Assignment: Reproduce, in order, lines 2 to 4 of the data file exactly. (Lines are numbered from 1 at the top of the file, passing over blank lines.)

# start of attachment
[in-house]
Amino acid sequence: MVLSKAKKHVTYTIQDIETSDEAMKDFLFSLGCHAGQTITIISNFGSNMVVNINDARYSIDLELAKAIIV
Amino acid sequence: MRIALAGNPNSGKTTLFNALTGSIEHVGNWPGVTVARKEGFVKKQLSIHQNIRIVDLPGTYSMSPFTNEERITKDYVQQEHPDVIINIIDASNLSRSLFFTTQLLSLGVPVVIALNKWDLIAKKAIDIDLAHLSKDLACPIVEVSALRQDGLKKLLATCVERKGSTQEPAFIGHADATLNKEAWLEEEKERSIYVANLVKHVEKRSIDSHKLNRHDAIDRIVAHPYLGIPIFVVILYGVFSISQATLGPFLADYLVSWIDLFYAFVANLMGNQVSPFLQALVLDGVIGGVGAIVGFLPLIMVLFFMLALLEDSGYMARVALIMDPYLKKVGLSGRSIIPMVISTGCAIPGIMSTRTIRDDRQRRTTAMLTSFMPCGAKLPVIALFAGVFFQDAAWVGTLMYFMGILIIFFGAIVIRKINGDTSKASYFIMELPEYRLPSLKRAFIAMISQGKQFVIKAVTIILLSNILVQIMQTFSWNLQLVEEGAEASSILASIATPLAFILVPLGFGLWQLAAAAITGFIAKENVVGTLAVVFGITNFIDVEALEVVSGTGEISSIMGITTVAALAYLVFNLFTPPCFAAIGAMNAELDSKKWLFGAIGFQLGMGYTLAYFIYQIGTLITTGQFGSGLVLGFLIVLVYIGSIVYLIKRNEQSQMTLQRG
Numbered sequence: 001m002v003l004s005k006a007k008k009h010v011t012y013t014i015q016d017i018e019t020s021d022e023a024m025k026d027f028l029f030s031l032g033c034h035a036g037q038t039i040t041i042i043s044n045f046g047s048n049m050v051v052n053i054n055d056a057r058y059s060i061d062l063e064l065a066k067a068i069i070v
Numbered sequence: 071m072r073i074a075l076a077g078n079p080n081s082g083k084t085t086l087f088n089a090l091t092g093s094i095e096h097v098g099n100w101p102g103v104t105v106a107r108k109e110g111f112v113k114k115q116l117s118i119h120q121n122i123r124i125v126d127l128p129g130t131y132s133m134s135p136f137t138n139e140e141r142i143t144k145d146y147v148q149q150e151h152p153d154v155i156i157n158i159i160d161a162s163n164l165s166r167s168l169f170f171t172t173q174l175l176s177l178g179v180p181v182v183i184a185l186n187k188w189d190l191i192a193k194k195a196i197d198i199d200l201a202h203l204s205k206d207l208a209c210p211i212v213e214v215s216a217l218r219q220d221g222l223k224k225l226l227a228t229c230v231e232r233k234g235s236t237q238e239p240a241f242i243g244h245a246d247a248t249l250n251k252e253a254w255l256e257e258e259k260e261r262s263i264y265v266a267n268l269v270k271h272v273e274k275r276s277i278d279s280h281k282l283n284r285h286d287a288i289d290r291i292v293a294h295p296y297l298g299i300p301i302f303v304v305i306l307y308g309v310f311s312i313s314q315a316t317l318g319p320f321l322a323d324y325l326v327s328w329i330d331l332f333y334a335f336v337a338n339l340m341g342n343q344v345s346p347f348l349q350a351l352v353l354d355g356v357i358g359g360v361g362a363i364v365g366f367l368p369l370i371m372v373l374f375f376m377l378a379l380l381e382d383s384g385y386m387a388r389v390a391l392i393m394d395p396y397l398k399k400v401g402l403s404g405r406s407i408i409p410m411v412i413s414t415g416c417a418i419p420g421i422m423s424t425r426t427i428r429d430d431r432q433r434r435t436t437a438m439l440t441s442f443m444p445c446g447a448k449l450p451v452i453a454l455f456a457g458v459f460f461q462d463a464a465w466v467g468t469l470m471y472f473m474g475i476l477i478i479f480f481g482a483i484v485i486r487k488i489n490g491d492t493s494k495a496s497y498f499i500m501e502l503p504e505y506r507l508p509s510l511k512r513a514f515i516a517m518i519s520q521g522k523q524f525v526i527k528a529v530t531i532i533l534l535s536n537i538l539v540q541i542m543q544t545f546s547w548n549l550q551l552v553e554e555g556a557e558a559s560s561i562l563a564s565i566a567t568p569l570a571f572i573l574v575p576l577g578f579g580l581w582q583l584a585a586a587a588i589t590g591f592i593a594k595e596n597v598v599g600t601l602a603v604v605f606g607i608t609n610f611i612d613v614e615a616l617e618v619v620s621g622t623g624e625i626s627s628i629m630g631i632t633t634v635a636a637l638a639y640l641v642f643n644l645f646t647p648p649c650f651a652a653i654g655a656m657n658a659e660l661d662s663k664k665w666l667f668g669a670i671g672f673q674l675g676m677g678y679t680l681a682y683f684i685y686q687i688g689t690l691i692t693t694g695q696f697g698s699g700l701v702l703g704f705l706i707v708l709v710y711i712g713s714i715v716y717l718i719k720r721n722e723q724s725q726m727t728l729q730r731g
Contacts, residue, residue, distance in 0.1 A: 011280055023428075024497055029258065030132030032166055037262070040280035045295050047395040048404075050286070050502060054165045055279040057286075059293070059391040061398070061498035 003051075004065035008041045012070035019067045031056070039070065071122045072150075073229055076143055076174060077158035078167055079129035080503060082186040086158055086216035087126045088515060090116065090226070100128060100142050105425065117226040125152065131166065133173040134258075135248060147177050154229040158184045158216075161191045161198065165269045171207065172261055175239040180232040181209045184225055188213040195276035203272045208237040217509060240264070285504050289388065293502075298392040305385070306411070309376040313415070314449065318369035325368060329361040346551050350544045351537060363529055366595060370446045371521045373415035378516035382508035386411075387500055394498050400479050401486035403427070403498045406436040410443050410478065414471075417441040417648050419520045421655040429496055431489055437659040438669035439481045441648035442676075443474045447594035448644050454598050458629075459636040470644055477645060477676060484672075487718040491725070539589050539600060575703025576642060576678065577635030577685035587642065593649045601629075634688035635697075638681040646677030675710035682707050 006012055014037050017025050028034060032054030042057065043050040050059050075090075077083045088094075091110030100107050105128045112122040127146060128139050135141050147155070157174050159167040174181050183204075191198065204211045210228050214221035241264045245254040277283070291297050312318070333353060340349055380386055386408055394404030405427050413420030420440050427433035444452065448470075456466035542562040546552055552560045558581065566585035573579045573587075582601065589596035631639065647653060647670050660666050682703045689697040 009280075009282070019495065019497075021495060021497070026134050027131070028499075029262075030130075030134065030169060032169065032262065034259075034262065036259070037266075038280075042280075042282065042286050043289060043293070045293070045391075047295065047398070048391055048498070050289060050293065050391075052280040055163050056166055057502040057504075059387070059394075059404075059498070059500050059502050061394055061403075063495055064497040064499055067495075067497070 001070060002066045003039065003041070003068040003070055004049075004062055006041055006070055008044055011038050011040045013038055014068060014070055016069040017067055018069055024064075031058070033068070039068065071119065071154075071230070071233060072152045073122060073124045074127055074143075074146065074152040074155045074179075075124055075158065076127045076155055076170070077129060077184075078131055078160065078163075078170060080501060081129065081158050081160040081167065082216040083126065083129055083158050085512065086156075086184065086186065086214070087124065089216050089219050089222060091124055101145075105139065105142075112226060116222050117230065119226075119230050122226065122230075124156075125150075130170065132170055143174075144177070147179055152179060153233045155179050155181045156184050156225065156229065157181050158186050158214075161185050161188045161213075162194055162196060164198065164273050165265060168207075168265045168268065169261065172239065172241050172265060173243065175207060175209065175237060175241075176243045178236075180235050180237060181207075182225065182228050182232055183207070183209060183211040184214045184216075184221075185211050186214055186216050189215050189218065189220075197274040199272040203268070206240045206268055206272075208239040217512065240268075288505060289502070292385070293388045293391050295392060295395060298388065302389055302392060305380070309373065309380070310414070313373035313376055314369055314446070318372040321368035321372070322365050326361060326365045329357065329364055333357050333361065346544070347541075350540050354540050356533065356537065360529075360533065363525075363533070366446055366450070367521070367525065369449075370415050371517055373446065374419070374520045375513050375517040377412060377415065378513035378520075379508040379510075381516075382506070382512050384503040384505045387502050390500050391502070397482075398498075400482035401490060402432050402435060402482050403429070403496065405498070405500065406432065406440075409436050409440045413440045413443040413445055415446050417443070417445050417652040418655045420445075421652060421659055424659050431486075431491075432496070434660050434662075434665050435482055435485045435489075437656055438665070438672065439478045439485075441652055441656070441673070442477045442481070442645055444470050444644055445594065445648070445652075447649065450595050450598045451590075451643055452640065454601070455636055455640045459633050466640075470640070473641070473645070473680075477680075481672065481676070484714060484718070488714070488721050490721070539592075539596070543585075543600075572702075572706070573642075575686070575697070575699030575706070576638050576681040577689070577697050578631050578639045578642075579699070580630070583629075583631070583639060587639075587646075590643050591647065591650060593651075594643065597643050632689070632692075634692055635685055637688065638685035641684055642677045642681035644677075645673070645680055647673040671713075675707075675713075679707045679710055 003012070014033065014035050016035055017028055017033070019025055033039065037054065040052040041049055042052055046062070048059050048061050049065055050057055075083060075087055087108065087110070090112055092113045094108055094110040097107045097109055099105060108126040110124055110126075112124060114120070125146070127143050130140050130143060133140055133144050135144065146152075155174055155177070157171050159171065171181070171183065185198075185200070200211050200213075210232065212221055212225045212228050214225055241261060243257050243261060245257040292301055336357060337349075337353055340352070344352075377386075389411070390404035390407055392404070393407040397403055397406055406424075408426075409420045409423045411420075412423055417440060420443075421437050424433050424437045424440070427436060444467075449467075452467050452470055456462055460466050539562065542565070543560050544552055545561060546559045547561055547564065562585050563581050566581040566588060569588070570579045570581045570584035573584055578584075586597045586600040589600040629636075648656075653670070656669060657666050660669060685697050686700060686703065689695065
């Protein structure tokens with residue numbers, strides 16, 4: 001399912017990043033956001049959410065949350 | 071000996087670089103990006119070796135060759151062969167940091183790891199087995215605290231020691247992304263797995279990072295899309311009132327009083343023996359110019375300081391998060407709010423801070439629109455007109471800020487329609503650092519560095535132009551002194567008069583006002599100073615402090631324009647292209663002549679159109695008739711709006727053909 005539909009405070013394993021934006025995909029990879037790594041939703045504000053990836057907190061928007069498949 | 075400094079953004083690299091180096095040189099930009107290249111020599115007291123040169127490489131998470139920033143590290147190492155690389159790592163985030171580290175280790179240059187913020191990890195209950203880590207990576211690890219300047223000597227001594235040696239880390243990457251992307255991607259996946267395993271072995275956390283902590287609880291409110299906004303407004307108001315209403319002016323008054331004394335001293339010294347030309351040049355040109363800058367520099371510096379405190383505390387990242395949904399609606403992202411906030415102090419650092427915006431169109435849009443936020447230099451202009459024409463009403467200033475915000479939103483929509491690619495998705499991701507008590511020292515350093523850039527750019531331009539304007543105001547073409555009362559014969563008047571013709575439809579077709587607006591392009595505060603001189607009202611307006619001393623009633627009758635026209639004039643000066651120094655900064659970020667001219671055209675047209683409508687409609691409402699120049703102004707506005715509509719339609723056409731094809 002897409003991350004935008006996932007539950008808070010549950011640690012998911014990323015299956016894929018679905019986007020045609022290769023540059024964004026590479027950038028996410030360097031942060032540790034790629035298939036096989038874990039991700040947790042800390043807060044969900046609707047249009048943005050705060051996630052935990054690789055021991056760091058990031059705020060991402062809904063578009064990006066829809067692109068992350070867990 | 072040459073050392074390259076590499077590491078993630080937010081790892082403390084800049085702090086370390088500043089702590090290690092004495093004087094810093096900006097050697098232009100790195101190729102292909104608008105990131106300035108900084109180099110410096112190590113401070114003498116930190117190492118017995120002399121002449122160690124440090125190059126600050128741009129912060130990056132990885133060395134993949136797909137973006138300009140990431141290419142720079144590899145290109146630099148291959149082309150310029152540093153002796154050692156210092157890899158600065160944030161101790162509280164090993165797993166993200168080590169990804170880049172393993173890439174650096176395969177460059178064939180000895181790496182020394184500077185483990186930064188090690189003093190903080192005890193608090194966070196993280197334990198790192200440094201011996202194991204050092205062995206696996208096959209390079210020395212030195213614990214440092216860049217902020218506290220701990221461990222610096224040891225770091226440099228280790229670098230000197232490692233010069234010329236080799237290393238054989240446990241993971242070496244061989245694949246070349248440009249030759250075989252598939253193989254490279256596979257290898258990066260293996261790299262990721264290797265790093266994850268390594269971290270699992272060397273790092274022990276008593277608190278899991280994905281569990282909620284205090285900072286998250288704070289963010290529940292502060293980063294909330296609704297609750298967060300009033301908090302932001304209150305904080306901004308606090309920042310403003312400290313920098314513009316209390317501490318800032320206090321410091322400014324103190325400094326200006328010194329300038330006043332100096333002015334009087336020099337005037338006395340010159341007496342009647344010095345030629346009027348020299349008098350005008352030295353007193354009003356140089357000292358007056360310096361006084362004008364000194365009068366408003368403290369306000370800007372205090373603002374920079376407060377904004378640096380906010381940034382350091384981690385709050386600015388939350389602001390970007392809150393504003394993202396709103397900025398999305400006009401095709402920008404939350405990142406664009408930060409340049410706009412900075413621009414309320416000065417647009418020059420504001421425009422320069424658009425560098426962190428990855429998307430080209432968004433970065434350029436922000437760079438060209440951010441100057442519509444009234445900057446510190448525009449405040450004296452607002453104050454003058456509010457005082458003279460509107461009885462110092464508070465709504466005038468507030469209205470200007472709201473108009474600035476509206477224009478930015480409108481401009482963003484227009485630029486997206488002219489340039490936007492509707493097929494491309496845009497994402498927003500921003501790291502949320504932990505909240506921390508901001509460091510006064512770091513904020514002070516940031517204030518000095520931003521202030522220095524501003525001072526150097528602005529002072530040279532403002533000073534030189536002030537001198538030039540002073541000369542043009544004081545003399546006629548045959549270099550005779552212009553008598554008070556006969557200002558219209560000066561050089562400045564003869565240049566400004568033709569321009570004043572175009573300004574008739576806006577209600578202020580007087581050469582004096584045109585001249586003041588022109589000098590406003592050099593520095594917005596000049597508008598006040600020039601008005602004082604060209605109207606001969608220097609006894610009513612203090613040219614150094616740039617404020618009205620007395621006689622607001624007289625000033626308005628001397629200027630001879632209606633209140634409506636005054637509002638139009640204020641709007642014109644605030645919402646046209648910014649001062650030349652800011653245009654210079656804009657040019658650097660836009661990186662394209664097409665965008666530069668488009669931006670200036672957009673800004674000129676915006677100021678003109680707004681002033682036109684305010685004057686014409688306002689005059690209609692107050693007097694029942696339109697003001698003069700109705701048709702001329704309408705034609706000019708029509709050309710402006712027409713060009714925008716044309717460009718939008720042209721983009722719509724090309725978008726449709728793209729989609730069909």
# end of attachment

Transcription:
Amino acid sequence: MVLSKAKKHVTYTIQDIETSDEAMKDFLFSLGCHAGQTITIISNFGSNMVVNINDARYSIDLELAKAIIV
Amino acid sequence: MRIALAGNPNSGKTTLFNALTGSIEHVGNWPGVTVARKEGFVKKQLSIHQNIRIVDLPGTYSMSPFTNEERITKDYVQQEHPDVIINIIDASNLSRSLFFTTQLLSLGVPVVIALNKWDLIAKKAIDIDLAHLSKDLACPIVEVSALRQDGLKKLLATCVERKGSTQEPAFIGHADATLNKEAWLEEEKERSIYVANLVKHVEKRSIDSHKLNRHDAIDRIVAHPYLGIPIFVVILYGVFSISQATLGPFLADYLVSWIDLFYAFVANLMGNQVSPFLQALVLDGVIGGVGAIVGFLPLIMVLFFMLALLEDSGYMARVALIMDPYLKKVGLSGRSIIPMVISTGCAIPGIMSTRTIRDDRQRRTTAMLTSFMPCGAKLPVIALFAGVFFQDAAWVGTLMYFMGILIIFFGAIVIRKINGDTSKASYFIMELPEYRLPSLKRAFIAMISQGKQFVIKAVTIILLSNILVQIMQTFSWNLQLVEEGAEASSILASIATPLAFILVPLGFGLWQLAAAAITGFIAKENVVGTLAVVFGITNFIDVEALEVVSGTGEISSIMGITTVAALAYLVFNLFTPPCFAAIGAMNAELDSKKWLFGAIGFQLGMGYTLAYFIYQIGTLITTGQFGSGLVLGFLIVLVYIGSIVYLIKRNEQSQMTLQRG
Numbered sequence: 001m002v003l004s005k006a007k008k009h010v011t012y013t014i015q016d017i018e019t020s021d022e023a024m025k026d027f028l029f030s031l032g033c034h035a036g037q038t039i040t041i042i043s044n045f046g047s048n049m050v051v052n053i054n055d056a057r058y059s060i061d062l063e064l065a066k067a068i069i070v